Retiring gracefully ... and gradually?

Most personal injury lawyers think a lot about retirement. This can be their own, in my case usually when grappling with costs budgets, but is more likely to be that of the party whose claim they are advancing or opposing. The date of retirement is crucial to the value of a loss of earnings claim.   Most personal injury schedules claim full time working to age 68 or even 70. Most counter schedules contend for retirement at age 65.   However, new research shows the way people view retirement is changing. Nearly two-thirds of people aged over 50 no longer think that working full time and then stopping work altogether is the best way to retire and around half would still like to be in work aged between 65 and 70.   YouGov surveyed more than 2,000 retired and non-retired people aged over 50.   https://yougov.co.uk/news/2014/11/05/concept-gradual-retirement-attracts-non-retired-ad/   The survey showed:   39% of over 50s not currently retired said that working part time or flexible hours before stopping work altogether would be the best way to retire. 48% of those under 65 and not currently retired would still like to be in work between 65 and 70. 36% of retirees say their advice to others would be to “consider switching to flexible or part time work for a period first” before stopping work altogether. 33% of those over 70 and still working said they did so because they enjoyed it.   The survey also suggests that some non-retired people over 50 both in and out of work were ready to learn new skills. Nearly half (47%) said they were interested in attending training courses to learn new or to update existing skills.   There are lessons here for both schedulers and counter schedulers. An absolute retirement age of 65, 68 or even 70 may now be unrepresentative. Gradual retirement is increasingly the trend at least in England and Wales.   In “The Later Years of Thomas Hardy” (Macmillan, 1930), Florence Emily Hardy reports the author’s observation that:   “The value of old age depends upon the person who reaches it. To some men of early performance it is useless. To others, who are late to develop, it just enables them to finish the job”.   I cannot promise still to be working beyond age 70. If I am, I can promise it will not be on costs budgets!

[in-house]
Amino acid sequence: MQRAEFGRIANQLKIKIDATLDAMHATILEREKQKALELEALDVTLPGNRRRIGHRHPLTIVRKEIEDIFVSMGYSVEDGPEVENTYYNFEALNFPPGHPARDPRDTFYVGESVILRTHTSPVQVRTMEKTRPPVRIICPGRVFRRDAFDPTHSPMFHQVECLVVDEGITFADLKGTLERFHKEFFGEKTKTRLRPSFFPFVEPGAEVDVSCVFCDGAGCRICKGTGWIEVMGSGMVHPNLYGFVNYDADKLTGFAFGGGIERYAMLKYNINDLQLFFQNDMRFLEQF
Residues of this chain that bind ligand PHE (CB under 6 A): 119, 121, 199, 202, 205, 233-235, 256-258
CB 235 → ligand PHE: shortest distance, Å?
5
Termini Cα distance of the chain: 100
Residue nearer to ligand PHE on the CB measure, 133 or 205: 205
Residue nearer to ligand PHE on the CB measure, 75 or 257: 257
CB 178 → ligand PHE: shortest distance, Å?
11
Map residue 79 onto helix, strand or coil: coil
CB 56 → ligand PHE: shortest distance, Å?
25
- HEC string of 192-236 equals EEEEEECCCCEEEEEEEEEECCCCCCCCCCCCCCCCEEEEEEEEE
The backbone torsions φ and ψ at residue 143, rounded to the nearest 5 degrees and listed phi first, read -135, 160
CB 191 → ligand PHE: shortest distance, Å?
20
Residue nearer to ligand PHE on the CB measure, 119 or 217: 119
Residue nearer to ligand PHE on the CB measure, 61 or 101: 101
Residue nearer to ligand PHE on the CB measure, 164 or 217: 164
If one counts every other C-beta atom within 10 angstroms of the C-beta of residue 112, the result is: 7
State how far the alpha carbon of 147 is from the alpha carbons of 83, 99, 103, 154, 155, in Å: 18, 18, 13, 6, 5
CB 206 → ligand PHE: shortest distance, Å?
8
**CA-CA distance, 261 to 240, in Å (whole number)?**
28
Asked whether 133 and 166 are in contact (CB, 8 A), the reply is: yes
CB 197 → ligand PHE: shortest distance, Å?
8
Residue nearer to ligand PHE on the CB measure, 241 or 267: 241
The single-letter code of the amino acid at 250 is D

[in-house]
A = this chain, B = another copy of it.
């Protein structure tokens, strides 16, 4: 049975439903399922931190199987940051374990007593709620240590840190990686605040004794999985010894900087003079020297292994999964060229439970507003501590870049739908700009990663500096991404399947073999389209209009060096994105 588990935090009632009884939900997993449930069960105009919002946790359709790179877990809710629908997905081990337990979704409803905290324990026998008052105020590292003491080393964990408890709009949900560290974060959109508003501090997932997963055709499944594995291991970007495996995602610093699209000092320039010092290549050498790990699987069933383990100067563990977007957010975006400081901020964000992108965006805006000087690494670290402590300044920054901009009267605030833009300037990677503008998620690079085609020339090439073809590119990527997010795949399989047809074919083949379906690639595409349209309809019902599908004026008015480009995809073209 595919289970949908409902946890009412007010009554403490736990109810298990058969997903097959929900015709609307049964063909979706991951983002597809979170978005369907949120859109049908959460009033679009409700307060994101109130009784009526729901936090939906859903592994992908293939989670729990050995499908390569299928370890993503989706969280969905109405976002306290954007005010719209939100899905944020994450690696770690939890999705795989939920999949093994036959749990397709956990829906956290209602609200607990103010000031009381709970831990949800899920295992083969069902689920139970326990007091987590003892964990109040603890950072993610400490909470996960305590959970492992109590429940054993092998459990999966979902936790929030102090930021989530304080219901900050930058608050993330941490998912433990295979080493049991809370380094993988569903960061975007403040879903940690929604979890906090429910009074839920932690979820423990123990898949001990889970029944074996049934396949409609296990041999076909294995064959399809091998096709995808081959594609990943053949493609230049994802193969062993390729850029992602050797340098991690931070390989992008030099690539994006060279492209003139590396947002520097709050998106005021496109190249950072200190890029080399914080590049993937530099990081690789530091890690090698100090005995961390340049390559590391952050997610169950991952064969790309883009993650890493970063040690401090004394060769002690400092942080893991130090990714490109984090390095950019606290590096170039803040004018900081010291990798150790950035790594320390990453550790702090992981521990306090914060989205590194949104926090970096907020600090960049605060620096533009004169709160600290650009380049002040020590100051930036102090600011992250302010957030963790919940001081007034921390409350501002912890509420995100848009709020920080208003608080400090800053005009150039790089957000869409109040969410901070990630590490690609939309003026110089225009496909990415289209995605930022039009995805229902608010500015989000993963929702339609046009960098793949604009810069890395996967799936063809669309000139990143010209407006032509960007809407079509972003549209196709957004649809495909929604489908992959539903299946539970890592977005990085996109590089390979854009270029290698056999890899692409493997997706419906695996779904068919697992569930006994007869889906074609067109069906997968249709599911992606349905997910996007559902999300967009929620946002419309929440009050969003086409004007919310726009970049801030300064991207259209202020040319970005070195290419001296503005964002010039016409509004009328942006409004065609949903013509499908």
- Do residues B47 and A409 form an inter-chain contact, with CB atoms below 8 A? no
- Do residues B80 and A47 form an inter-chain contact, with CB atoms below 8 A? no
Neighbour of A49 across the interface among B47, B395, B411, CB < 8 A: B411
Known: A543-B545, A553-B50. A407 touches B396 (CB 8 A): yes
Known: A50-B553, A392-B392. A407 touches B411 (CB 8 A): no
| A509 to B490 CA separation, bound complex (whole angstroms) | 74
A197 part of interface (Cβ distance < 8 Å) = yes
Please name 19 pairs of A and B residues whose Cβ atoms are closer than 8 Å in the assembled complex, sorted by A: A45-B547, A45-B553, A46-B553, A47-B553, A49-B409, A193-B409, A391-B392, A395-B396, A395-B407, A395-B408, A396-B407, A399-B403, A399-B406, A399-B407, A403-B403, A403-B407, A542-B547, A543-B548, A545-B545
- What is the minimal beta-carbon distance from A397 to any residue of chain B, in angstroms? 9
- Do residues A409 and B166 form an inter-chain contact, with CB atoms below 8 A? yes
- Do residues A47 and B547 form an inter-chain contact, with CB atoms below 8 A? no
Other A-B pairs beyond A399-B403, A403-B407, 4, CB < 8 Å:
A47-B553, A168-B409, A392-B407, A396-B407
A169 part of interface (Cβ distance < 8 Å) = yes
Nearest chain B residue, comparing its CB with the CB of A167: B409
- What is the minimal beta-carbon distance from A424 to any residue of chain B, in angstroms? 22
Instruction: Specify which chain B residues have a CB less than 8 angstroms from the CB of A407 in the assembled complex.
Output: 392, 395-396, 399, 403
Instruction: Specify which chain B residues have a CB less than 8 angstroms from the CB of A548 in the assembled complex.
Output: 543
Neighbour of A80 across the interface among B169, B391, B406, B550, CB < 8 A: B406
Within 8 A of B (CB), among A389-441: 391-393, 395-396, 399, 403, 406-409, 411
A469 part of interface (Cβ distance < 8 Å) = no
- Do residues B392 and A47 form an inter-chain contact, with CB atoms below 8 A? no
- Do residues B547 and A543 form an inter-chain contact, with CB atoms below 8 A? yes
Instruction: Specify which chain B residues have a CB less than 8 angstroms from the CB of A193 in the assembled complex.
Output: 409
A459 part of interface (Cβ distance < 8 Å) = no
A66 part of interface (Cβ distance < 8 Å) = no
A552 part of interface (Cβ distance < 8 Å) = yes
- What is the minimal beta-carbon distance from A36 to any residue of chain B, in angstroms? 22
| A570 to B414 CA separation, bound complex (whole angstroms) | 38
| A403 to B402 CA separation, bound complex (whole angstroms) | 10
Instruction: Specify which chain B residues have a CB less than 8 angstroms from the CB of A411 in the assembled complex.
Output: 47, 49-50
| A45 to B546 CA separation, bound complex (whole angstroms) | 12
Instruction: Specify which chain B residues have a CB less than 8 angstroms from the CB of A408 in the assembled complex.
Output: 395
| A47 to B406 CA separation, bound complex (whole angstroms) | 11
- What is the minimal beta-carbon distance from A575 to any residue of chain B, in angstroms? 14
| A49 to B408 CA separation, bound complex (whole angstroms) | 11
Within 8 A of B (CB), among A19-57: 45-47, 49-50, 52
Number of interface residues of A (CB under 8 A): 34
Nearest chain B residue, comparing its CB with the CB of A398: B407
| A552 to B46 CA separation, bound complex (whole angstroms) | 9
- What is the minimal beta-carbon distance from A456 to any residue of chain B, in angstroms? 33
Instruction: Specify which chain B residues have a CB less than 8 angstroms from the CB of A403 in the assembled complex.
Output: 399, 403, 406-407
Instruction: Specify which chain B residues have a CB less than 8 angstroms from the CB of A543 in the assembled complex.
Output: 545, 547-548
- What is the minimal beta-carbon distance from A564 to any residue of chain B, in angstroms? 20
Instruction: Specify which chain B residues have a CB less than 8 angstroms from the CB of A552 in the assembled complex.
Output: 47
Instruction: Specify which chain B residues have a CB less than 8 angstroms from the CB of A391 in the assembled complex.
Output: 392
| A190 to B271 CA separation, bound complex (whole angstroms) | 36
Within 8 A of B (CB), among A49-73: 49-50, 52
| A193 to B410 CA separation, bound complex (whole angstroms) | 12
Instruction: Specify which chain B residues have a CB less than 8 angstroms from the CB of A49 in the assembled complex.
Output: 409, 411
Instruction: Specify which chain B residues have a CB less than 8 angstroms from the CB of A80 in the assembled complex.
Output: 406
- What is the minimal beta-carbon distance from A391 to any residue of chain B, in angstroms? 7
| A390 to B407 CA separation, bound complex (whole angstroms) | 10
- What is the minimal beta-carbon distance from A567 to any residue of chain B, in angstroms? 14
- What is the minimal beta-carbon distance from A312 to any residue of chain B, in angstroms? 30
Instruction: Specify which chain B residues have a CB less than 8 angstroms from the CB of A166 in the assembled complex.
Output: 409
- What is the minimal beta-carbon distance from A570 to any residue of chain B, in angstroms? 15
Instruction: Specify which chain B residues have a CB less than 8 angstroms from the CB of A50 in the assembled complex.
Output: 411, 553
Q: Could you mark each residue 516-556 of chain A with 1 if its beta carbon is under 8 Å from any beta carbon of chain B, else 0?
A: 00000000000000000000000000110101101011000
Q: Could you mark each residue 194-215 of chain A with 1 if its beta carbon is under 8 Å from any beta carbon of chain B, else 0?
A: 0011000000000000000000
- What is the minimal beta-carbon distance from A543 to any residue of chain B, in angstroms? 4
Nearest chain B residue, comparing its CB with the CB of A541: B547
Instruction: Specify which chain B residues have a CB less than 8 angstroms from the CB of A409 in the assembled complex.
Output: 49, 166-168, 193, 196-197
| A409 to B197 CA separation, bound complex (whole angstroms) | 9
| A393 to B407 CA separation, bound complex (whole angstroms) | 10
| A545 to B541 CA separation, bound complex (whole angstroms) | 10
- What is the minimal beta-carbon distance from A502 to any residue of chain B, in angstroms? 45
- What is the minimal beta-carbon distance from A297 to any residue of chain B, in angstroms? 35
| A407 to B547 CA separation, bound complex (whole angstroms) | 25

Schedules, Counter Schedules and the Gadget Generation

    No self-respecting Schedule of Loss is now complete without a hefty claim for “Assistive Technology” items. The response in most Counter Schedules is that the Claimant is likely to have possessed all or some of the items being claimed in any event. The fact is that UK parents now spend a combined £2.25 billion a year or just under £300 per year per household on technology for their children.   This information comes from research on behalf of E.ON UK, one of the UK’s large energy providers.   http://pressreleases.eon-uk.com/blogs/eonukpressreleases/archive/2014/07/25/2376.aspx   We are truly the “gadget generation” in that today’s children possess an average of 4 gadgets each.   Staggeringly, parents with children aged under 5 spend even more. On average a “techie tot” is given gadgets costing £395 per year. Not surprisingly, it is teenagers aged 15-17 who are the most “plugged-in” typically owning 7 devices each.   The trend continues into adulthood. From age 18, parents of males spend over £717 a year on gadgets for their sons. Females aged 18 and over have just under £1,000 worth of gadgets bought for them by their parents per year.   It will come as no surprise to readers not in these age groups to learn that most (56%) of parents acknowledge using their children's “technology hand-me-downs”. 32% of parents also confessed to not being as “tech-savvy” as their children. Most worryingly of all, 14% of parents admitted that they could not even match their “techie tots” when it comes to knowing their way around the latest gadgets.   Perhaps the Counters Schedulers have a point?